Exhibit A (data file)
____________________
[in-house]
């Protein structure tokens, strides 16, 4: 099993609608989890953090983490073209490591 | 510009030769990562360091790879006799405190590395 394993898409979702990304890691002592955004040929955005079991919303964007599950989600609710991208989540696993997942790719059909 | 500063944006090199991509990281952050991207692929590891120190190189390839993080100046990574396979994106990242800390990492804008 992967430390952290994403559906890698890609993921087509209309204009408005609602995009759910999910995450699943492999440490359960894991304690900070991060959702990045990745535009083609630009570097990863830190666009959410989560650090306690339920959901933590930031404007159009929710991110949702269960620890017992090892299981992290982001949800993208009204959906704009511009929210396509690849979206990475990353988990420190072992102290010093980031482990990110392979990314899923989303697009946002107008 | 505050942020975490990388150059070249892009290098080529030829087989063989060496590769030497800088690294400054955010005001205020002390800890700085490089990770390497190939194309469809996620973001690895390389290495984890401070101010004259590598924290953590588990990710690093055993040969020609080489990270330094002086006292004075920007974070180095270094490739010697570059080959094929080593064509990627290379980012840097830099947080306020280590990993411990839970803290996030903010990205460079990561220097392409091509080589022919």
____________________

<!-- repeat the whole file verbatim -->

[in-house]
């Protein structure tokens, strides 16, 4: 099993609608989890953090983490073209490591 | 510009030769990562360091790879006799405190590395 394993898409979702990304890691002592955004040929955005079991919303964007599950989600609710991208989540696993997942790719059909 | 500063944006090199991509990281952050991207692929590891120190190189390839993080100046990574396979994106990242800390990492804008 992967430390952290994403559906890698890609993921087509209309204009408005609602995009759910999910995450699943492999440490359960894991304690900070991060959702990045990745535009083609630009570097990863830190666009959410989560650090306690339920959901933590930031404007159009929710991110949702269960620890017992090892299981992290982001949800993208009204959906704009511009929210396509690849979206990475990353988990420190072992102290010093980031482990990110392979990314899923989303697009946002107008 | 505050942020975490990388150059070249892009290098080529030829087989063989060496590769030497800088690294400054955010005001205020002390800890700085490089990770390497190939194309469809996620973001690895390389290495984890401070101010004259590598924290953590588990990710690093055993040969020609080489990270330094002086006292004075920007974070180095270094490739010697570059080959094929080593064509990627290379980012840097830099947080306020280590990993411990839970803290996030903010990205460079990561220097392409091509080589022919």